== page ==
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FreeBSD Security Information


FreeBSD takes security very seriously and its developers are constantly working on making the operating system as secure as possible. This page will provide information about what to do in the event of a security vulnerability affecting your system

Table of Contents

Reporting FreeBSD security incidents

FreeBSD security issues specific to the base system should be reported via email to the FreeBSD Security Team or, if a higher level of confidentiality is required, via PGP encrypted email to the Security Officer Team using the Security Officer PGP key. Additional information can be found at the reporting FreeBSD security incidents page.

Recent FreeBSD security vulnerabilities

A full list of all security vulnerabilities affecting the base system can be found on this page.

Understanding FreeBSD security advisories

Advisories affecting the base system are sent to the following mailing lists:


The list of released advisories can be found on the FreeBSD Security Advisories page.

Advisories are always signed using the FreeBSD Security Officer PGP key and are archived, along with their associated patches, at the web server in the advisories and patches subdirectories.

The FreeBSD Security Officer provides security advisories for -STABLE Branches and the Security Branches. (Advisories are not issued for the -CURRENT Branch, which is primarily oriented towards FreeBSD developers.)

  • The -STABLE branch tags have names like stable/10. The corresponding builds have names like FreeBSD 10.1-STABLE.

  • Each FreeBSD Release has an associated Security Branch. The Security Branch tags have names like releng/10.1. The corresponding builds have names like FreeBSD 10.1-RELEASE-p4.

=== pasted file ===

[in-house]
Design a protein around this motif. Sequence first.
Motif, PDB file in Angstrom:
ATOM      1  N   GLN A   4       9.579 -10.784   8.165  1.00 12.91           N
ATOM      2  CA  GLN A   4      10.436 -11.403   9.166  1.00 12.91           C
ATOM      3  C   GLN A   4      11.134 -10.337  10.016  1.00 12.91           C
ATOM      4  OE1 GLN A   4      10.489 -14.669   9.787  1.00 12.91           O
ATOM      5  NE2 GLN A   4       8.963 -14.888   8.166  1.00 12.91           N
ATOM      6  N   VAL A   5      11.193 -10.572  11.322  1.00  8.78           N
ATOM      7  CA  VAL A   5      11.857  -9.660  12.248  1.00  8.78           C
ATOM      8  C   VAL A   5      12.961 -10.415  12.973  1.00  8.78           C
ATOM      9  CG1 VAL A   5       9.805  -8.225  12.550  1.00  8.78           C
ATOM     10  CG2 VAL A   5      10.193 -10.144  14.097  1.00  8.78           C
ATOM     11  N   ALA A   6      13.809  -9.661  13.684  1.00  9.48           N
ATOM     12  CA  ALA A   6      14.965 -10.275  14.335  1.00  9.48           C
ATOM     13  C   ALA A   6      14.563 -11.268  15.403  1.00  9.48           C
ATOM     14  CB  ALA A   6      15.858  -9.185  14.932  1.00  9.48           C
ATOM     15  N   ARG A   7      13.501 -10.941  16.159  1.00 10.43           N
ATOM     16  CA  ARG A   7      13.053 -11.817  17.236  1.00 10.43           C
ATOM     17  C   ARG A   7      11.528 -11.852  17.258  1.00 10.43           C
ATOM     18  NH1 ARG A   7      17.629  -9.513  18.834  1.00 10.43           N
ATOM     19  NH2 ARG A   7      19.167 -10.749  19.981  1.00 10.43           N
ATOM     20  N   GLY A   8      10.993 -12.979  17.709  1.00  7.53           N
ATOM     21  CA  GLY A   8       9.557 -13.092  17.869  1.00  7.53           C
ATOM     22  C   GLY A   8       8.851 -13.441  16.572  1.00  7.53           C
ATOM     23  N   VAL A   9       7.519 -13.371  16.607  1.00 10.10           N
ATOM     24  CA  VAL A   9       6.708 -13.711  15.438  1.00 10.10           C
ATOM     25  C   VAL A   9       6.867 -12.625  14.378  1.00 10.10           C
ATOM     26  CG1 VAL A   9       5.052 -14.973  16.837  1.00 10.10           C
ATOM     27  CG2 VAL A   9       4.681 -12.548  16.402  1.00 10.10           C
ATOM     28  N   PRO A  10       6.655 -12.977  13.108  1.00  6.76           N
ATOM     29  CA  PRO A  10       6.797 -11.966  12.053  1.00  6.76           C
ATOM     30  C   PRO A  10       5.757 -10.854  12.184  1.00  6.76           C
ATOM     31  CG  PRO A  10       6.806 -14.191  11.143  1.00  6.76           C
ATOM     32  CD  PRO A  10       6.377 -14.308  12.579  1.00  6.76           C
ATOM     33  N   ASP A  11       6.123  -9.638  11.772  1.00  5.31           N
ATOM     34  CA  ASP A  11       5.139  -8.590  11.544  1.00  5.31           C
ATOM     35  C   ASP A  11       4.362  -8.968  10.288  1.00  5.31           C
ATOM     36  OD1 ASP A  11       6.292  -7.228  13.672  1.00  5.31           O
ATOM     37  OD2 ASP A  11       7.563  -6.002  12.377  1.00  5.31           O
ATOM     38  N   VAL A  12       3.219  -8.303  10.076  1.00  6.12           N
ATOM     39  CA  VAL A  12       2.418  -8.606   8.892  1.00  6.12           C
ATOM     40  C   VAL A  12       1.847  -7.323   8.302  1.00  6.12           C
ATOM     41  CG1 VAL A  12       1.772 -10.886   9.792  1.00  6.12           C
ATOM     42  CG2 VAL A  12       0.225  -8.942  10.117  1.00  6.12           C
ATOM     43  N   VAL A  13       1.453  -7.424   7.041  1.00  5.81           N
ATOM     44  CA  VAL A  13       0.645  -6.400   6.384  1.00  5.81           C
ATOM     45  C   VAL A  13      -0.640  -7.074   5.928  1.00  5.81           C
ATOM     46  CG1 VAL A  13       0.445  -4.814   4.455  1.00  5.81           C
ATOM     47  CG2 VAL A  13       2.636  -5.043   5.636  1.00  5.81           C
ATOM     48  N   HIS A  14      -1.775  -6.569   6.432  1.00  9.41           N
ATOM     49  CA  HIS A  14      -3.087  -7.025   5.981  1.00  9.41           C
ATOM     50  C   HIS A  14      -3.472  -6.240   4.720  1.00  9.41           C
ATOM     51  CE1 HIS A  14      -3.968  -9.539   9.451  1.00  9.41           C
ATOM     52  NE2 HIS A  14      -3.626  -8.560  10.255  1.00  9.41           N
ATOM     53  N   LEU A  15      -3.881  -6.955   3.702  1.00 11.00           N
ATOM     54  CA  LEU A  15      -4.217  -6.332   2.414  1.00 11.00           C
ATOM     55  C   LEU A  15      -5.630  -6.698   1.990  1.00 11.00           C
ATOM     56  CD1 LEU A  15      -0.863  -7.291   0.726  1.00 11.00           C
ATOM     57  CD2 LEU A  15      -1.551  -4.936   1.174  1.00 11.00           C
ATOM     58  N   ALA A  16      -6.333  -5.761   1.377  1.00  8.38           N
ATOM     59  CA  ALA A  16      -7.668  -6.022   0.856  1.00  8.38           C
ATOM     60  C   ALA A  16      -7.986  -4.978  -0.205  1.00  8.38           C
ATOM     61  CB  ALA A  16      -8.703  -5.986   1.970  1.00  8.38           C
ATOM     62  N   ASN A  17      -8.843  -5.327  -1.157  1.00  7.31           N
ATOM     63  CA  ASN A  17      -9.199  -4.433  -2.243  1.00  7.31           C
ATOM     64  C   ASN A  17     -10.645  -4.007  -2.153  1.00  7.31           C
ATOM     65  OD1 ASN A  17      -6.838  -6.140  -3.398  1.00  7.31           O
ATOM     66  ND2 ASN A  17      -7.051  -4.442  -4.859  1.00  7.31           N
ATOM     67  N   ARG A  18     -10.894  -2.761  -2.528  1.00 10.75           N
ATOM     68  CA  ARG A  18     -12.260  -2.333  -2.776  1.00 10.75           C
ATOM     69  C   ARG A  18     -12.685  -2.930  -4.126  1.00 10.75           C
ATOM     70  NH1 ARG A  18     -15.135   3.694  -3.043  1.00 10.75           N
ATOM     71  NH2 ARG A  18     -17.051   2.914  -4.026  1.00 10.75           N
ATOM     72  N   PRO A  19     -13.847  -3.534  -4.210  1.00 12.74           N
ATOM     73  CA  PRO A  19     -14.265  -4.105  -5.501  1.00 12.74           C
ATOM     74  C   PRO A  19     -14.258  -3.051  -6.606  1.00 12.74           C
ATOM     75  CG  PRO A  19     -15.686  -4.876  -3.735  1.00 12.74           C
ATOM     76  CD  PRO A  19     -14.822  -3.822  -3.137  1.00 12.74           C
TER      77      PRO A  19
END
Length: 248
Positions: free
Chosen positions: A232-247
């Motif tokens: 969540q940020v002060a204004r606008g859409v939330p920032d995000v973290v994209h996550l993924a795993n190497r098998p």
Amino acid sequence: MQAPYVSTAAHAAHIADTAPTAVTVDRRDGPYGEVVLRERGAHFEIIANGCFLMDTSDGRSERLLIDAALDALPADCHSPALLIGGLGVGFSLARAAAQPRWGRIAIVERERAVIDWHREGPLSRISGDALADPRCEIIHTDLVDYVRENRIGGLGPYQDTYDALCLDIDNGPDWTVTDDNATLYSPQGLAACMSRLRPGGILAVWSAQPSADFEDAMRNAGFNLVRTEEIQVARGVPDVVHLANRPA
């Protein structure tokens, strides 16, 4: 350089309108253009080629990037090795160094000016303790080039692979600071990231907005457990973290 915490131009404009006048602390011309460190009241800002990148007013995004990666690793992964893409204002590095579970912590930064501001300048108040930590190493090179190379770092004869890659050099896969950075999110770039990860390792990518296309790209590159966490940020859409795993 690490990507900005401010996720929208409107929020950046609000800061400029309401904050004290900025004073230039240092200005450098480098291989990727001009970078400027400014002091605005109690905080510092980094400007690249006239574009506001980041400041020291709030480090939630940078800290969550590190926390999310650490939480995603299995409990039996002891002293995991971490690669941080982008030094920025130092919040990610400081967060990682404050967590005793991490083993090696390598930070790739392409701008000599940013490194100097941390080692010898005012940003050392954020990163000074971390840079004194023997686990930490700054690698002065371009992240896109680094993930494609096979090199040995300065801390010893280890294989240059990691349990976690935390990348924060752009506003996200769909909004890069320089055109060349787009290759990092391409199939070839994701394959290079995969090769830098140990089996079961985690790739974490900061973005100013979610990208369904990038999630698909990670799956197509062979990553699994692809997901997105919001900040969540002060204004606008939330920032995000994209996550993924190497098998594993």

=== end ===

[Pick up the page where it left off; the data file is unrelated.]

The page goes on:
Issues affecting the FreeBSD Ports Collection are covered separately in the FreeBSD VuXML document.

How to update your system

For users that have previously installed a binary version of FreeBSD (e.g., 11.2 or 10.4), commands:

# freebsd-update fetch
# freebsd-update install

If that fails, follow the other instructions in the security advisory you care about.

Note that the above procedure is only for users who have previously installed a binary distribution. Those who have built from source will need to update their source tree to upgrade.

Supported FreeBSD releases

Each release is supported by the Security Officer for a limited time only.

The designation and expected lifetime of all currently supported branches and their respective releases are given below. The Expected EoL (end-of-life) column indicates the earliest date on which support for that branch or release will end. Please note that these dates may be pushed back if circumstances warrant it.

Older releases are not supported and users are strongly encouraged to upgrade to one of these supported releases:

Branch Release Type Release Date Expected EoL
stable/12 n/a n/a n/a December 31, 2023 (anticipated)
releng/12.0 12.0-RELEASE n/a n/a 12.1-RELEASE + 3 months
stable/11 n/a n/a n/a September 30, 2021
releng/11.2 11.2-RELEASE n/a June 28, 2018 11.3-RELEASE + 3 months

In the run-up to a release, a number of -BETA and -RC releases may be published for testing purposes. These releases are only supported for a few weeks, as resources permit, and will not be listed as supported on this page. Users are strongly discouraged from running these releases on production systems.

The FreeBSD support model

Under the current support model, each major version's stable branch is explicitly supported for 5 years, while each individual point release is only supported for three months after the next point release.

The details and rationale behind this model can be found in the official announcement sent in February 2015.

Please note, the Core Team, in consultation with the Release Engineering, Security, and Port Manager teams, has decided that the FreeBSD Project needs to reevaluate the 5-year support guarantee along stable branches, starting with stable/12.

For more information, see the official annoucement sent in November, 2018.